Monday, 28 December 2009


Venezuela and China Consolidate
“Strategic Alliance,”
Expand Bilateral Trade

Public accords signing ceremony in Caracas, taken from Venezuelan TV

Published on December 25th 2009
by James Suggett -

Mérida, December 24th 2009 ( –
Venezuelan and Chinese government officials and business
leaders met in Caracas this week to discuss bilateral
relations. As a result of the accords signed at the
meeting, Venezuela will increase its supply of oil to China
to more than 600,000 barrels per day next year, and China
will increase its investments in Venezuelan agriculture,
infrastructure, mining, and energy production.

In a press conference, Venezuelan Planning and Development
Minister Jorge Giordani called Venezuela’s growing economic
relationship with China “a consolidated strategic alliance
based on the premise of equality and mutual respect that
will be consolidated even more by two countries that have a
shared vision of a multi-polar world.”

Venezuelan President Hugo Chavez vowed to supply China with
“all the oil it needs for its development and advancement”
and said Venezuela hopes to eventually supply a million
barrels of oil per day to China. According to Telesur,
Venezuela is currently China’s fourth largest oil supplier.

In addition, China’s Sinohydro Corporation and Venezuela’s
state electricity company CORPOELEC agreed to cooperate to
increase Venezuela’s hydroelectricity production. Venezuela
has experienced rolling power outages over the past three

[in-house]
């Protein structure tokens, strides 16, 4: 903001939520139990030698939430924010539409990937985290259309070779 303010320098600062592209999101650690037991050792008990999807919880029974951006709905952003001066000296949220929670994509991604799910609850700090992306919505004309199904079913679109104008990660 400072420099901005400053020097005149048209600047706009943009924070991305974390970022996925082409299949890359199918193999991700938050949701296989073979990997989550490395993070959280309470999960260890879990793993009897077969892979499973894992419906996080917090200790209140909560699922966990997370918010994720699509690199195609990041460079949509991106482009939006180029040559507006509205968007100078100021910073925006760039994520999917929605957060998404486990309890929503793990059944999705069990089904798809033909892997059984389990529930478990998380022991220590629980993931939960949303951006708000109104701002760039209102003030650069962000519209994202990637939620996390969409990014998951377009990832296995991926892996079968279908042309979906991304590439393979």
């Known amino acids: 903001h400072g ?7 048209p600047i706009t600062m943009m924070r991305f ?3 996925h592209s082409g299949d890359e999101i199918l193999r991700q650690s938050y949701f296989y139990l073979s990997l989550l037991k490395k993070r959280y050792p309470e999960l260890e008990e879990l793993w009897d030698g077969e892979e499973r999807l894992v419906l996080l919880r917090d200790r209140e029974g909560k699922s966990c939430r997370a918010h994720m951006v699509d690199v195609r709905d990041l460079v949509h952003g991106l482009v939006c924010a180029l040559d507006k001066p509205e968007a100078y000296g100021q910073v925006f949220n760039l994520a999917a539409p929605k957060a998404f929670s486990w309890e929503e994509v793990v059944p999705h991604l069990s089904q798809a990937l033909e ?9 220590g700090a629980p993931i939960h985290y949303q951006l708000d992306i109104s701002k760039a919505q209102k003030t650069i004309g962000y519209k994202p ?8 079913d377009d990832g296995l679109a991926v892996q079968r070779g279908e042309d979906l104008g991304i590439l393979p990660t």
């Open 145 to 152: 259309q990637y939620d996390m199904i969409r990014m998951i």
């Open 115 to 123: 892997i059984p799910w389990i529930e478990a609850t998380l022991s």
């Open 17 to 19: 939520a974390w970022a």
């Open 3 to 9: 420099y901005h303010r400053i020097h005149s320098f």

months as a result of drastically increased demand and a
drought that caused a drop in the water level at a
principal dam.

The Chinese Development Bank Corporation also pledged a $1
billion credit for Venezuela’s state-owned mining company,
CVG, and Chinese state-owned and private companies agreed
to invest in Venezuelan railways, fish and shrimp

Venezuelan Trade Minister Eduardo Saman said he expects an
increase in Venezuela’s imports of Chinese cars, electric
appliances, pharmaceuticals, and other goods over the
coming years, and that this will help to combat domestic
price speculation.

In recent years, China and Venezuela have created mixed
enterprises, in which Venezuela maintains a 60% controlling
share, to explore for, extract, refine, and transport oil
from Venezuela’s Orinoco Oil Belt, as well as to explore
for natural gas off the Venezuelan coast.

Last year, China built and launched Venezuela’s first
telecommunications satellite, and Venezuelan students are
studying aerospace engineering in Chinese universities.

Since 2003, annual trade between the two countries has
increased from less than a half a million dollars to
approximately $5 billion in 2008. In addition to this,
China and Venezuela have signed $5 billion worth of planned
Orinoco oil accords, and created a $12 billion bilateral
investment fund for future projects.

President Chavez said the unprecedented growth in bilateral
relations between Venezuela and China has the goal of
creating a “balance in the world, a pluri-polar world,” in
which there is no single dominant super power such as the
United States. He said China “has demonstrated that it is
not necessary to attack those who are weakest in order to
be a great power.”

Since Chavez’s election in 1998, Venezuela has increased
its economic relations with countries in almost every
region of the world, including Africa, Southeast Asia, the
Middle East, and Eastern and Western Europe, and Latin

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